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I am reading through Bak and Newman's Complex Analysis, where typically the authors are pretty telegraphic in their proofs. However, I am a little confused by their proof of MVT for complex numbers, and I believe my difficulty is just in the algebra/real-valued calc.

I can't get from the step

$f(a) = \frac{1}{2\pi i}\int_0^{2 \pi}{\frac{f(a+re^{i \theta})}{re^{i \theta}}d \theta}$

to

$f(a) = \frac{1}{2\pi}\int_0^{2 \pi}{f(a+re^{i \theta})d \theta}$

I've tried substituting $u$ for $re^{i \theta}$ but that doesn't seem to get me anywhere.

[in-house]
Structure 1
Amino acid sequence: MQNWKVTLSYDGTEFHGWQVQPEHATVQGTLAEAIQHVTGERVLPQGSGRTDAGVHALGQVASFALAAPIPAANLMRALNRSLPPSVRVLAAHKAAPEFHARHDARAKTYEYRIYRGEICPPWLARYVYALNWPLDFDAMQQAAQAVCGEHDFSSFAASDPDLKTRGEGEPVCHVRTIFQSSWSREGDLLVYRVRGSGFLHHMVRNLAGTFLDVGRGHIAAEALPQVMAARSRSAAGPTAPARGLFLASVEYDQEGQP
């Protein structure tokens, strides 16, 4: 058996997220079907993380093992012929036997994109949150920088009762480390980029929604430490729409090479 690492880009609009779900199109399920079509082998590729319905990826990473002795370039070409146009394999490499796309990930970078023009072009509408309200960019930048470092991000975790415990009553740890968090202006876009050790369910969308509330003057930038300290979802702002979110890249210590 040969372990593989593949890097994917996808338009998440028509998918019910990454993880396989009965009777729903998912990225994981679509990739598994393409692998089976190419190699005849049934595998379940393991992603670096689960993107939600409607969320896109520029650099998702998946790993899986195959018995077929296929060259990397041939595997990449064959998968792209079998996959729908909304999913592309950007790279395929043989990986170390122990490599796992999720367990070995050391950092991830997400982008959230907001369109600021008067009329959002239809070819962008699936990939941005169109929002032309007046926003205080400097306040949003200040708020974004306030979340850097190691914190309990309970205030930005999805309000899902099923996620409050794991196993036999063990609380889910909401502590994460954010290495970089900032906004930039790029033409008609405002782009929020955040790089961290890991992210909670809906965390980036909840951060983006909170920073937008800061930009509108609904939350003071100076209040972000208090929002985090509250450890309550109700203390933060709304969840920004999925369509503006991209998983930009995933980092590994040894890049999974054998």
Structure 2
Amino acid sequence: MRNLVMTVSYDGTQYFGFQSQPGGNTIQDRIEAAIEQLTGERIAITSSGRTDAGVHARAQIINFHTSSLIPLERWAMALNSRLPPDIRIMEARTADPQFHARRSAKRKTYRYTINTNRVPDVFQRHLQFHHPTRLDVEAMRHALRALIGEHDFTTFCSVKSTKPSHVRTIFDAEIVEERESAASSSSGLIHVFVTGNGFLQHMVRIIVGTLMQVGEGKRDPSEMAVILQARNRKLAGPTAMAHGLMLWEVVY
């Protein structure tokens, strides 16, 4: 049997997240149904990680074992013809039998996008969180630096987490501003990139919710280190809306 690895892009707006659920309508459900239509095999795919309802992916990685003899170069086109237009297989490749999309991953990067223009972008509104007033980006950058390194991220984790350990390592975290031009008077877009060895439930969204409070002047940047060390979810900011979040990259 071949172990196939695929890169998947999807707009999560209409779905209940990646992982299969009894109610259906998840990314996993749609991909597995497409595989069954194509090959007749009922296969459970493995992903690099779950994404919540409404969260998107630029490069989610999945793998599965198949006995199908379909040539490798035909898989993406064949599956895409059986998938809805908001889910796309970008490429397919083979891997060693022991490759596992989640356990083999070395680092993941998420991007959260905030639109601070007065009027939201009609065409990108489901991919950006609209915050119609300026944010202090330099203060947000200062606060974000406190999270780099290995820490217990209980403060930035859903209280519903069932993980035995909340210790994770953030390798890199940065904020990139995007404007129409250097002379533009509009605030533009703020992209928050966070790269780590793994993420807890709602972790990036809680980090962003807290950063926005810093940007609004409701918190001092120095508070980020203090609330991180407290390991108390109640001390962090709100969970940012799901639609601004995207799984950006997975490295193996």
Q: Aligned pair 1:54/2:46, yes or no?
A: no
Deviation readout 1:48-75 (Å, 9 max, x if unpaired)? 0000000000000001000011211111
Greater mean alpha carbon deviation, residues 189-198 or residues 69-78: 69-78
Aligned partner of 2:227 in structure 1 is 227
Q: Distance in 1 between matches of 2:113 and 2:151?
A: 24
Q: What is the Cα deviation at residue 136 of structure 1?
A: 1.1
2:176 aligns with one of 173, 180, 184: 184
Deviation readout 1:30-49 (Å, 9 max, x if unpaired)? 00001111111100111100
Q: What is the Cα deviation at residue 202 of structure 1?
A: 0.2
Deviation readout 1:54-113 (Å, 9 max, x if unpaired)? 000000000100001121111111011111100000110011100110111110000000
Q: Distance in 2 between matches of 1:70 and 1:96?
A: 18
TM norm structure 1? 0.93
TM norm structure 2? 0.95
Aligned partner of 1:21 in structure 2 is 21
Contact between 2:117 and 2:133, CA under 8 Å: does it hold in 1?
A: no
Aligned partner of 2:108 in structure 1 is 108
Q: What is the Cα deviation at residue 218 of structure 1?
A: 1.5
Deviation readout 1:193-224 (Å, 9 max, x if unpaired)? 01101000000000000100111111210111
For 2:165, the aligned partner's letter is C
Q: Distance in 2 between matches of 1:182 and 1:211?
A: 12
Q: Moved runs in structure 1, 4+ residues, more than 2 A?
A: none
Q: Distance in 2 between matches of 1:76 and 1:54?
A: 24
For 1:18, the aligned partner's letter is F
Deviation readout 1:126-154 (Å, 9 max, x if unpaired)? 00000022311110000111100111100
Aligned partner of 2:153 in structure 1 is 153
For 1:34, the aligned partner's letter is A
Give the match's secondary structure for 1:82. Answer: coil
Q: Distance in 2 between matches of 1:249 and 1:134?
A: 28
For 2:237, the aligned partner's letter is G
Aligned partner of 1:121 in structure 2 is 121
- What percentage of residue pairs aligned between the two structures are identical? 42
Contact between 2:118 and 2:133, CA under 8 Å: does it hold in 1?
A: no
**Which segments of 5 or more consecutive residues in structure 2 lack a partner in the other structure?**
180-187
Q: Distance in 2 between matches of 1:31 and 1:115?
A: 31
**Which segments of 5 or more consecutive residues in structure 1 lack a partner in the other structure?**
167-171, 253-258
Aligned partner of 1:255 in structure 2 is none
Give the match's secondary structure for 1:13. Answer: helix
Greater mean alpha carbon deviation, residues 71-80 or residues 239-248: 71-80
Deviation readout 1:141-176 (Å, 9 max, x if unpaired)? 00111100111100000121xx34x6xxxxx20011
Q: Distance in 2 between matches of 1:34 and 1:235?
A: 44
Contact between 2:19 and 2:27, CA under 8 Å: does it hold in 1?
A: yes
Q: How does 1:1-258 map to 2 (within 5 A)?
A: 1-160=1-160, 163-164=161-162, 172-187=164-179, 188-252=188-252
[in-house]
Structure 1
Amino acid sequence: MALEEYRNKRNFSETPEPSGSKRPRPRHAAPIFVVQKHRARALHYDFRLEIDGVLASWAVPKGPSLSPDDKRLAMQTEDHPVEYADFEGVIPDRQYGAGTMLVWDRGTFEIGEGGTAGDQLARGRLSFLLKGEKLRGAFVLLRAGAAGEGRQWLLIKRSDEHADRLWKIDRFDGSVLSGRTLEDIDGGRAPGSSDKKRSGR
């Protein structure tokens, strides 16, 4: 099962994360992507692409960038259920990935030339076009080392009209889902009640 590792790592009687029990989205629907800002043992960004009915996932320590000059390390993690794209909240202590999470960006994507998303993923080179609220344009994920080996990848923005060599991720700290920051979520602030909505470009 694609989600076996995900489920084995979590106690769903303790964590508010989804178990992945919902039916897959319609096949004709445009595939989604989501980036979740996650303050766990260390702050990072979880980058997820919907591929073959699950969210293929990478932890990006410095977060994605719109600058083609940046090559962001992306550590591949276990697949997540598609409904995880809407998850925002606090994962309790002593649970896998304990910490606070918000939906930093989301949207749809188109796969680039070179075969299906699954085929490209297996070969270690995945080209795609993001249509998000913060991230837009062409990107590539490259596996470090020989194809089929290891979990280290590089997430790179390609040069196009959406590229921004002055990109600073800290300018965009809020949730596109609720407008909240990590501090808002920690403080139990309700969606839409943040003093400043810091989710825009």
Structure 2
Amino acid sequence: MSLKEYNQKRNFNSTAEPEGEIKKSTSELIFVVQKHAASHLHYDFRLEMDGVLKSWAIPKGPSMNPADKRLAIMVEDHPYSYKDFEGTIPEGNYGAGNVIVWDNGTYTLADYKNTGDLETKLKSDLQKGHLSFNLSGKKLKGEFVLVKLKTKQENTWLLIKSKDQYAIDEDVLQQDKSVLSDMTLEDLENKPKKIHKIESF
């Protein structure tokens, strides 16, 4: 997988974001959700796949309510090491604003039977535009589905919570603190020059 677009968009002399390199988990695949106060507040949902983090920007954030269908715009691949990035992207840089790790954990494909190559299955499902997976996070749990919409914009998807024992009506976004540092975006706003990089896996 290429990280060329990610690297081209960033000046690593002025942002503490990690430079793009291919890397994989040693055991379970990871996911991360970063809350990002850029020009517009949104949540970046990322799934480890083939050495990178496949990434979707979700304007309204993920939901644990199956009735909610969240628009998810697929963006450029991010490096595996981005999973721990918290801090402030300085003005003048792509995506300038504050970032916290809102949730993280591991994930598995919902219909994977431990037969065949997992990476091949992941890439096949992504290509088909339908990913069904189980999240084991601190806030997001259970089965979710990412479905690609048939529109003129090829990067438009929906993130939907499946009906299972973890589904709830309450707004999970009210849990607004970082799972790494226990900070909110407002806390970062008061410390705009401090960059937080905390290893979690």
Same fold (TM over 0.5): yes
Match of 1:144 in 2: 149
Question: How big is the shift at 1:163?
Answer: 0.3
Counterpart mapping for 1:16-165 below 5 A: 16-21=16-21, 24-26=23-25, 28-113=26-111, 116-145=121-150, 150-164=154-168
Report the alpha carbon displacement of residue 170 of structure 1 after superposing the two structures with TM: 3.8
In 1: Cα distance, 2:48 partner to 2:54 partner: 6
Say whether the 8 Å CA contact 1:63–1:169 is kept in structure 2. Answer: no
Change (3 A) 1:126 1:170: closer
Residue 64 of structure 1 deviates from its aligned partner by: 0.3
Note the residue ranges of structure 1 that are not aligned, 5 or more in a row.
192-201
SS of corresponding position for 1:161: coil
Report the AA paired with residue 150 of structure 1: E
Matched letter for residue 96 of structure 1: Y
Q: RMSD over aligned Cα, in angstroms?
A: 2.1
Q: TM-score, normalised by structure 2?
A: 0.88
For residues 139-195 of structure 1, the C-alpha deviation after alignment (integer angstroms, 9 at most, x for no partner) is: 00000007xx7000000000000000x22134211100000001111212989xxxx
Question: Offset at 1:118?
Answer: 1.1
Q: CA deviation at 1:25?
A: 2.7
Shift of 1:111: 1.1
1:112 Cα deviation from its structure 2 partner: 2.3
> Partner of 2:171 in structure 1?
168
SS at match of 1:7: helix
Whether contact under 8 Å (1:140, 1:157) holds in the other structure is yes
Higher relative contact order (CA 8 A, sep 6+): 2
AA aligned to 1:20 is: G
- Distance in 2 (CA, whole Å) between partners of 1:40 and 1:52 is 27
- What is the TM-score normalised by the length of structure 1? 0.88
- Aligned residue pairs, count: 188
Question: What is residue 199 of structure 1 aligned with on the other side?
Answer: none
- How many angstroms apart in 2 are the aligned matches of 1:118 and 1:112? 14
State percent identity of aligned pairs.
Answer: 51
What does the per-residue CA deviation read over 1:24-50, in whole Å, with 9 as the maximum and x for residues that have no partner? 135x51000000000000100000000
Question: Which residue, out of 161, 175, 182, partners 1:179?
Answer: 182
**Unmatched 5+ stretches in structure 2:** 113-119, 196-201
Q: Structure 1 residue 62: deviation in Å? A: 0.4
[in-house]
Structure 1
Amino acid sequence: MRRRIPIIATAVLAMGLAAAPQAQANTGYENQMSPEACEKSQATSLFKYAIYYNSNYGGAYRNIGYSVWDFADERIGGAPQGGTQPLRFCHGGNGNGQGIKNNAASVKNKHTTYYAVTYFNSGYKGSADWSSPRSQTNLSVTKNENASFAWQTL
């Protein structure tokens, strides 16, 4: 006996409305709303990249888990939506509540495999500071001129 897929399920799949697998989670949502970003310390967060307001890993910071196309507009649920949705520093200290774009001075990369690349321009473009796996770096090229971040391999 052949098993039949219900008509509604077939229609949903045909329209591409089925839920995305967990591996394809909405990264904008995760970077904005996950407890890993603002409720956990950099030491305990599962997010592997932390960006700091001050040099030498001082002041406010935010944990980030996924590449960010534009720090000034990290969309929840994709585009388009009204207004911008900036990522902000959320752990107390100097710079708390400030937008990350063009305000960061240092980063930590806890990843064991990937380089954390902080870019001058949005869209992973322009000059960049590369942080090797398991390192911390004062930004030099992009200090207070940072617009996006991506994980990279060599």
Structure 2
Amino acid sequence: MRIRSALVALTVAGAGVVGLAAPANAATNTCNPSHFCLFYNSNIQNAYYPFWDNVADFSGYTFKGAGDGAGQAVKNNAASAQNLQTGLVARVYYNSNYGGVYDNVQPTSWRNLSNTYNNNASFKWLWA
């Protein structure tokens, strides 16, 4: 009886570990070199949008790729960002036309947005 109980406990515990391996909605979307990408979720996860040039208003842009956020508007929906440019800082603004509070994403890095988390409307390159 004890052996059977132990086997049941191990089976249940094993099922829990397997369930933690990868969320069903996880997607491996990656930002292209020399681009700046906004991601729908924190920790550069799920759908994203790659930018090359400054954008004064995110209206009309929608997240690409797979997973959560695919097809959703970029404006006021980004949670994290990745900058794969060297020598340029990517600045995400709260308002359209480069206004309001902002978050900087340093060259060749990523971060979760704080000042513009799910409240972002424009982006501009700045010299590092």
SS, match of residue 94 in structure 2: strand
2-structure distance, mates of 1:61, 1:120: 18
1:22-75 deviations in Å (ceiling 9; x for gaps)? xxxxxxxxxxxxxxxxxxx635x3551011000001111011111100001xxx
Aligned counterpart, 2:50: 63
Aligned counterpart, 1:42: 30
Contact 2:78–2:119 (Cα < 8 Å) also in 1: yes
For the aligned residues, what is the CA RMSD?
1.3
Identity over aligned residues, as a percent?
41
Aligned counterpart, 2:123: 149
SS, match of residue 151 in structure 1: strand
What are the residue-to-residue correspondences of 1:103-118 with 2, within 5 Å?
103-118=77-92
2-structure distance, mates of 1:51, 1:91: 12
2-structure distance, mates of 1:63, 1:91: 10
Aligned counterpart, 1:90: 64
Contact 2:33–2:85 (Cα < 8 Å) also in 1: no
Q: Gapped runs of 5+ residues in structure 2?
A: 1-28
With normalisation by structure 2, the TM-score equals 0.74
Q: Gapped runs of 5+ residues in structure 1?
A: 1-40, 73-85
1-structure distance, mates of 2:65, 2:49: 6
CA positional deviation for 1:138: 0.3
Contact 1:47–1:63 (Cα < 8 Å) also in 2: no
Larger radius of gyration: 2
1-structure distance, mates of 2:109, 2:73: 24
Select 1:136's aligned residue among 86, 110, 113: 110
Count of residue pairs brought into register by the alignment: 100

What is the algebra to make this true?

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Your first equation is not a correct rewriting of Cauchy's formula, if that's what you're trying to do. Specifically, you forgot to compute dz. –  Potato Oct 8 '12 at 1:45
    
@Potato, thank you. $dz$ != $d \theta$ of course. –  tacos_tacos_tacos Oct 8 '12 at 1:47
    
@Potato seriously thank you... I spent > 20 minutes trying to "solve" the integral by reversing the product rule for derivatives, which is an exercise in pain and futility... –  tacos_tacos_tacos Oct 8 '12 at 1:49

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